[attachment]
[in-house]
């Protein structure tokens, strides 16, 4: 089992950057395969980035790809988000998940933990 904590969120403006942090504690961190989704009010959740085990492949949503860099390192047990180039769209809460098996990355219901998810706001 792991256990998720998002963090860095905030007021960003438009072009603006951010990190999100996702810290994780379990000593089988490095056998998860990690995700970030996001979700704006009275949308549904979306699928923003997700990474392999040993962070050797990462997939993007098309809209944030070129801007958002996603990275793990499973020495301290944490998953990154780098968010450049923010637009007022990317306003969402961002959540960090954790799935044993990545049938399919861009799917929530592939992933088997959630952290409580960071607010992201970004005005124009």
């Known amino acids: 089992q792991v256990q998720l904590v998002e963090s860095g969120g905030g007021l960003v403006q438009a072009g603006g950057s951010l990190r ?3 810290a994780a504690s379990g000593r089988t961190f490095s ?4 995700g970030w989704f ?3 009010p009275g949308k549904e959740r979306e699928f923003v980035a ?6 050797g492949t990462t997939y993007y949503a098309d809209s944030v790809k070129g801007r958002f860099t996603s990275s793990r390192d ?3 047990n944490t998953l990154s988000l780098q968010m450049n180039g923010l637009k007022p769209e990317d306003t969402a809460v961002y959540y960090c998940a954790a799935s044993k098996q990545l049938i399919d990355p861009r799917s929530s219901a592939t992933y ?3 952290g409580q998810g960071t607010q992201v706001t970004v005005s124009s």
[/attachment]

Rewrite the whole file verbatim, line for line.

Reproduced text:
[in-house]
């Protein structure tokens, strides 16, 4: 089992950057395969980035790809988000998940933990 904590969120403006942090504690961190989704009010959740085990492949949503860099390192047990180039769209809460098996990355219901998810706001 792991256990998720998002963090860095905030007021960003438009072009603006951010990190999100996702810290994780379990000593089988490095056998998860990690995700970030996001979700704006009275949308549904979306699928923003997700990474392999040993962070050797990462997939993007098309809209944030070129801007958002996603990275793990499973020495301290944490998953990154780098968010450049923010637009007022990317306003969402961002959540960090954790799935044993990545049938399919861009799917929530592939992933088997959630952290409580960071607010992201970004005005124009």
């Known amino acids: 089992q792991v256990q998720l904590v998002e963090s860095g969120g905030g007021l960003v403006q438009a072009g603006g950057s951010l990190r ?3 810290a994780a504690s379990g000593r089988t961190f490095s ?4 995700g970030w989704f ?3 009010p009275g949308k549904e959740r979306e699928f923003v980035a ?6 050797g492949t990462t997939y993007y949503a098309d809209s944030v790809k070129g801007r958002f860099t996603s990275s793990r390192d ?3 047990n944490t998953l990154s988000l780098q968010m450049n180039g923010l637009k007022p769209e990317d306003t969402a809460v961002y959540y960090c998940a954790a799935s044993k098996q990545l049938i399919d990355p861009r799917s929530s219901a592939t992933y ?3 952290g409580q998810g960071t607010q992201v706001t970004v005005s124009s």